The 2002 riots in Gujarat was "possibly the biggest blot" on the government of Atal Bihari Vajpayee and that could have cost the BJP the 2004 Lok Sabha elections, says former President Pranab Mukherjee.
The 2002 riots in Gujarat was “possibly the biggest blot” on the government of Atal Bihari Vajpayee and that could have cost the BJP the 2004 Lok Sabha elections, says former President Pranab Mukherjee. In the third volume of his autobiography titled “The Coalition Years 1996-2012”, he also feels the ruling NDA’s “India Shining” campaign spawned the opposite outcome and the Vajpayee government was routed in an election against most predictions that predicted a majority to the BJP-led coalition. “Throughout this period (of the Vajpayee government) the demand for the construction of the Ram Temple in Ayodhya had been building up. The heightened communal tension had a distressing fallout in Gujarat which witnessed a communal carnage in 2002. “The rioting began at Godhra, a small town in Gujarat, where 58 people were burnt to death in a fire that engulfed a compartment of the Sabarmati Express. The victims were all Hindu Kar Sevaks who were returning from Ayodhya. “This provoked widespread riots in many cities of Gujarat. Possibly the biggest blot on Vajpayee’s government, it may have been Godhra that cost BJP the next elections,” says Mukherjee in a chapter on the “First Full Term Non-Congress Government”. He says Vajpayee was a consummate parliamentarian. With an excellent command over the language, he was a great orator who instantly connected with people and brought them together.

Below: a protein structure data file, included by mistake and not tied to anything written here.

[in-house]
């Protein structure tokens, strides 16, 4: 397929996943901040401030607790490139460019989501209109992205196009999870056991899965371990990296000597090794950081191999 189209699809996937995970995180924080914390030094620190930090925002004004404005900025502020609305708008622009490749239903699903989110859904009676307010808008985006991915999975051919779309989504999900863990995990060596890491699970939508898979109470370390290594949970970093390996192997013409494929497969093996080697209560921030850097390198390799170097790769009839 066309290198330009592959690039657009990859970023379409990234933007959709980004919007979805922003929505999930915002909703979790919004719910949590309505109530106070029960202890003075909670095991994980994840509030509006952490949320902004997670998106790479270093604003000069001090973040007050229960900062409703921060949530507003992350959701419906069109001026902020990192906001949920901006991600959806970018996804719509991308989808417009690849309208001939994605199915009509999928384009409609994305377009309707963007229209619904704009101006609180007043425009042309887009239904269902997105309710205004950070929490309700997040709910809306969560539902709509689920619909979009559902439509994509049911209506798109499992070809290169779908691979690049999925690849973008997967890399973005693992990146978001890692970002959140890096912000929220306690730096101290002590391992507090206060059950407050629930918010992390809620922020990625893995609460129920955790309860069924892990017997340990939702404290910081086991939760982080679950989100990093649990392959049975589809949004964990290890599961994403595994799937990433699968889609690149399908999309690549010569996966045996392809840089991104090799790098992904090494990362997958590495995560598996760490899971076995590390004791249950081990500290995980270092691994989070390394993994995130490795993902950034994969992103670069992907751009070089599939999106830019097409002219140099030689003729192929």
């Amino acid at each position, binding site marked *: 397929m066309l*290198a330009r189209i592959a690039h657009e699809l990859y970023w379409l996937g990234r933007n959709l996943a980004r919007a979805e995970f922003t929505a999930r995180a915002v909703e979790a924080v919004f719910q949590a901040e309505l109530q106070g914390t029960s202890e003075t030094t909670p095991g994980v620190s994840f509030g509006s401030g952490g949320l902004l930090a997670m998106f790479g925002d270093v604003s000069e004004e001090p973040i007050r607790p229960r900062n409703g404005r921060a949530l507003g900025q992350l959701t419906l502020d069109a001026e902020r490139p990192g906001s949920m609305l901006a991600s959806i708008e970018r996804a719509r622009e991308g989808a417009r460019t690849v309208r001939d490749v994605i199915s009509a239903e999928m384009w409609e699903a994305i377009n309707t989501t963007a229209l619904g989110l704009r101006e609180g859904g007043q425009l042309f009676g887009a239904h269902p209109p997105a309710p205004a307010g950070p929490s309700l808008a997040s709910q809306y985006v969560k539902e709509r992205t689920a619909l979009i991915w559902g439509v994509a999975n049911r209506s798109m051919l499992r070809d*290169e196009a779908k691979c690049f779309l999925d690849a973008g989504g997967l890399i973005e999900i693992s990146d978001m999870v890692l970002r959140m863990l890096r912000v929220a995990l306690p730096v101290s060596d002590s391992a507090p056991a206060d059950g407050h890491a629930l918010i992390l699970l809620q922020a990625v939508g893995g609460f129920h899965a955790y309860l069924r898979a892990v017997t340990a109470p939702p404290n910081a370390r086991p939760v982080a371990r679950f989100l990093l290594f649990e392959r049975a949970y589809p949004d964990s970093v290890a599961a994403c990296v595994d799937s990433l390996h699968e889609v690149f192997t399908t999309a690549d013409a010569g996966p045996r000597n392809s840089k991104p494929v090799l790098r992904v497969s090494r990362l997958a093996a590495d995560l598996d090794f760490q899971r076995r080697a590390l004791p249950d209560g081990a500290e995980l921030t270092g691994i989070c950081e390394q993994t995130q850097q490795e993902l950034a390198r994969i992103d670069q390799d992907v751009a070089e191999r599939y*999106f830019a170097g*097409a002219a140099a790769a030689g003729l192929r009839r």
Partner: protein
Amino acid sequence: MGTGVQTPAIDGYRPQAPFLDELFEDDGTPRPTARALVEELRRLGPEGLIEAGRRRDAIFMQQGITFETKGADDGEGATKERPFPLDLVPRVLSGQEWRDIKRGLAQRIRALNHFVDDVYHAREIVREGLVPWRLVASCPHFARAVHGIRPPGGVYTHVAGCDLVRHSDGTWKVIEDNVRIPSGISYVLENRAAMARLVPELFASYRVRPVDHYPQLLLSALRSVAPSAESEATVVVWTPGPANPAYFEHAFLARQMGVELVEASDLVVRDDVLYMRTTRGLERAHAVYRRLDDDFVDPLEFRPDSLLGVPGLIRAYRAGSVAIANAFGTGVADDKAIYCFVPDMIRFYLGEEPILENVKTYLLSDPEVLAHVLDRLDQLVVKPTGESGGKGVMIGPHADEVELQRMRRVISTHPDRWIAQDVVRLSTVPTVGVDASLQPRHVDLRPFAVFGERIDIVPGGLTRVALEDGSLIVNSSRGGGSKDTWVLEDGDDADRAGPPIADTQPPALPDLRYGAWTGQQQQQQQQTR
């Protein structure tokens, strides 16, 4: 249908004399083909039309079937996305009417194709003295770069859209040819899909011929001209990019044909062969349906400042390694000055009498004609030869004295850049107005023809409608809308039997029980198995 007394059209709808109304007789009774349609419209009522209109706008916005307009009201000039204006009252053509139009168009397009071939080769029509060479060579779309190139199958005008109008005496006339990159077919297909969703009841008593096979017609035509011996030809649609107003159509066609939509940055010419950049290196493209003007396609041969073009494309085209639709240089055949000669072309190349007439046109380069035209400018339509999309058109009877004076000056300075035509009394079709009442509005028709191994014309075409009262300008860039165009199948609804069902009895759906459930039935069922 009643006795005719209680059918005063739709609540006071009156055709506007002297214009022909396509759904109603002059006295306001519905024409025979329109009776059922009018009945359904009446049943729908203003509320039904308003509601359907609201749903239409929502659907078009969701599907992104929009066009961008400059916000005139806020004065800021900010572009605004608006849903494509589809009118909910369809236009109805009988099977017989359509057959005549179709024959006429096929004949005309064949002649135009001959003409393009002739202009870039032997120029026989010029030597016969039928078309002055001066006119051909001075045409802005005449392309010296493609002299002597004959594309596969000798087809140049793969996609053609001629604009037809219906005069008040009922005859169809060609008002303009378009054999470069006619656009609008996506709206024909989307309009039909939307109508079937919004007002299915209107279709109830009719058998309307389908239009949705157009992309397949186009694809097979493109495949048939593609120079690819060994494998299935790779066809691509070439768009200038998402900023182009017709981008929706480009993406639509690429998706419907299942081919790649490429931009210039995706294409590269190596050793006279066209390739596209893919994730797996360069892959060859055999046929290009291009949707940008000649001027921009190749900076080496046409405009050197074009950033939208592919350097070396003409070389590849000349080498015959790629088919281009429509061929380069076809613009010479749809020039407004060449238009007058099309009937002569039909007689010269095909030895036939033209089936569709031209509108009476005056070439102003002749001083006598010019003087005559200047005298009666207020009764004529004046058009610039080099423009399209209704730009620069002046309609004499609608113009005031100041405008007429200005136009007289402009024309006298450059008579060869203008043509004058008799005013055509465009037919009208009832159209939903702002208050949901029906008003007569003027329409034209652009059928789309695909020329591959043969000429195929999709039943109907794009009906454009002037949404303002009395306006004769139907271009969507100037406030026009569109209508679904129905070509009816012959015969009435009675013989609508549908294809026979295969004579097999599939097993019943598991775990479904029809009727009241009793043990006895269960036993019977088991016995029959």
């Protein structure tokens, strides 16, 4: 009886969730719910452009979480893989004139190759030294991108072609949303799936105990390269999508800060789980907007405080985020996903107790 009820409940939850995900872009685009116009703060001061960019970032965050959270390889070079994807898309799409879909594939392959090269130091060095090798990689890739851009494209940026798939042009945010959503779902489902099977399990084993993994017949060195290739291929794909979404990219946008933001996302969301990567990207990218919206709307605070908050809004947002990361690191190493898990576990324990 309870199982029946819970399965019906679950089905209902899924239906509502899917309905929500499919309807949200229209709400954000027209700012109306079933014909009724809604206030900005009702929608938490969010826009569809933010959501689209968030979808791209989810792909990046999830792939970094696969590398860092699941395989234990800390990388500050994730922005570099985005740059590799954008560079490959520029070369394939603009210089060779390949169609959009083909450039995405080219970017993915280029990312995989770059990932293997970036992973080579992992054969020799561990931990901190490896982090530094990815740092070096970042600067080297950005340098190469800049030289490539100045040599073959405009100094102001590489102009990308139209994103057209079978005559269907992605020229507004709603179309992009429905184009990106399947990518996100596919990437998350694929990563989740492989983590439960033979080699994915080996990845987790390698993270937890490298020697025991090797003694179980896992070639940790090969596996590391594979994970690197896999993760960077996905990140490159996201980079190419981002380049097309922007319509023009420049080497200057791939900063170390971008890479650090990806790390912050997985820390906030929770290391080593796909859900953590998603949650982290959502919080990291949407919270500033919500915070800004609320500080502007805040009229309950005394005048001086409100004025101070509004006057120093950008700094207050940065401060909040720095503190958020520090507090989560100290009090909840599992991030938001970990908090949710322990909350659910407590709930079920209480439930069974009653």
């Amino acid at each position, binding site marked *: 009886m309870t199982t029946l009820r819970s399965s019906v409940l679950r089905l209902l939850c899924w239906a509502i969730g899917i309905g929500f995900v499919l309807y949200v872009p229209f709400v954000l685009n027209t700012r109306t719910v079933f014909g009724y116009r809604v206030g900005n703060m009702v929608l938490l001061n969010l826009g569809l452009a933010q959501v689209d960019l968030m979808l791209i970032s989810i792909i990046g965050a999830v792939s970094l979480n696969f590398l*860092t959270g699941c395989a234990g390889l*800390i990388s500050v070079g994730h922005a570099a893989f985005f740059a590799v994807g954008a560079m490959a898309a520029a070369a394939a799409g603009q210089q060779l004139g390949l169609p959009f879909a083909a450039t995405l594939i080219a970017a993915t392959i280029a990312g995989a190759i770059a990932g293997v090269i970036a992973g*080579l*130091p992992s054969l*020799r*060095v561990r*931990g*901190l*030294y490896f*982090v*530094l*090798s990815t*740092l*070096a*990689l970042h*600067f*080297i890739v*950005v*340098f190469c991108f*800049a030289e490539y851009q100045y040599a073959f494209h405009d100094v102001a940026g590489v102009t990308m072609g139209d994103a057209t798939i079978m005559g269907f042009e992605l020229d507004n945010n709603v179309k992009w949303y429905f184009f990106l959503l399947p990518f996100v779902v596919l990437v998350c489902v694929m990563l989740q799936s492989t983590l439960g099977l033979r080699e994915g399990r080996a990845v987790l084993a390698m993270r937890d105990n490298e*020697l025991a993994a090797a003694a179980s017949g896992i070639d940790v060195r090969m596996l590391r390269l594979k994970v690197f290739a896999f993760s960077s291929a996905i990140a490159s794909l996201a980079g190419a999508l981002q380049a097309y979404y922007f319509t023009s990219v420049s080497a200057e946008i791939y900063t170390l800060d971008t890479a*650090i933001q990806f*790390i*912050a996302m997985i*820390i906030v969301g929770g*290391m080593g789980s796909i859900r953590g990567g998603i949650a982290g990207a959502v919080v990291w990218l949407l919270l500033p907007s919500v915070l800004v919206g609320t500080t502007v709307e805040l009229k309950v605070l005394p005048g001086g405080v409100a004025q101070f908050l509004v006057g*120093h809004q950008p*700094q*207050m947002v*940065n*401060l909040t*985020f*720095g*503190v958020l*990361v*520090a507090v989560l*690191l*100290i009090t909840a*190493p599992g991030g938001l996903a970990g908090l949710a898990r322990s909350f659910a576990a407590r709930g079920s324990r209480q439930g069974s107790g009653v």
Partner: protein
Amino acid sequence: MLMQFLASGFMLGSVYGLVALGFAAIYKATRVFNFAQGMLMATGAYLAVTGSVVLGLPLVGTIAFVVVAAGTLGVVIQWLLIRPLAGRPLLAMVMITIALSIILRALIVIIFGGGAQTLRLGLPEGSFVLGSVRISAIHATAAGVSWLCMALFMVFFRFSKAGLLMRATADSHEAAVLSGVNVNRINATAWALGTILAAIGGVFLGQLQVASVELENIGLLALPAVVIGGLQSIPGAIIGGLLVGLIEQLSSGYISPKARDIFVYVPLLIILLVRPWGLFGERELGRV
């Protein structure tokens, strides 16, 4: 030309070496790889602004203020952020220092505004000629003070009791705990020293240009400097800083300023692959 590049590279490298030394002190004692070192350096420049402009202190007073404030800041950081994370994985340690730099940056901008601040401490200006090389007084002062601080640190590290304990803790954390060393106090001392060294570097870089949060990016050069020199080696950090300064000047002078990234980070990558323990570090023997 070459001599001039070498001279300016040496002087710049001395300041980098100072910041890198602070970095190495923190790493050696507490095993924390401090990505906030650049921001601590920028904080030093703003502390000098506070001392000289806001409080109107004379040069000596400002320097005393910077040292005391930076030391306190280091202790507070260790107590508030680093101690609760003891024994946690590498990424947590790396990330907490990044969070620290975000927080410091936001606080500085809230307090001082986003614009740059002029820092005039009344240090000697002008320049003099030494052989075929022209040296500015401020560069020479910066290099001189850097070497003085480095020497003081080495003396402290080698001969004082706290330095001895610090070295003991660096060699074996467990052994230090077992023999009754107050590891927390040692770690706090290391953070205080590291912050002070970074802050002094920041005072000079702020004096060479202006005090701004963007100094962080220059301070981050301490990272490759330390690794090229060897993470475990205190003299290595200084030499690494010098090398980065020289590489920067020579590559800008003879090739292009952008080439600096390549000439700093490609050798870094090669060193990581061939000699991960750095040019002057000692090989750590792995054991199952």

Vajpayee’s signature in politics was achieving consensus, and in this process he earned the respect of his party, allies and opponents at home. Abroad, he projected a harmonious image of India and connected it to the world through his foreign policy outreach. An emphatic and humble politician, the former President says Vajpayee did not shy away from giving credit where it was due. “We are not the initiators of reform. We are carrying forward a process that was started by the Narasimha Rao government, and continued by two United Front governments. But we do take the credit for having broadened, deepened and accelerated the reform process.” Vajpayee did not take political rivalries personally, says Mukherjee. He says the 2004 Lok Sabha results brought the Congress back to power. Many were surprised by the victory of the Congress and other non-BJP parties. Several psephologists had predicted a clear victory for the NDA.
As late as February 2004, an India Today-ORG-MARG opinion poll had predicted a clear victory for the Vajpayee-led alliance. “The magazine, interpreting the opinion poll wrote ‘Riding on the crest of the Prime Minister’s popularity and economic boom, the BJP-led alliance appears set for a sweep in the forthcoming elections. “The confidence of the NDA had been shaken. Its ‘India Shining’ campaign had spawned the opposite outcome and cast a pall of gloom over the BJP. It led Vajpayee to ruefully comment that he could never understand the mood of the voter,” says Mukherjee. He also recalls that the 2004 general election was due only in October but the BJP brought it forward by six months on the back of its victories in the Assembly elections in Madhya Pradesh, Rajasthan and Chhattisgarh though it had lost Delhi to Congress. “There was cheer within the BJP at the resounding victory in important states. However, there were some who advised caution in interpreting these results as a marker of broader national sentiment,” observes Mukherjee.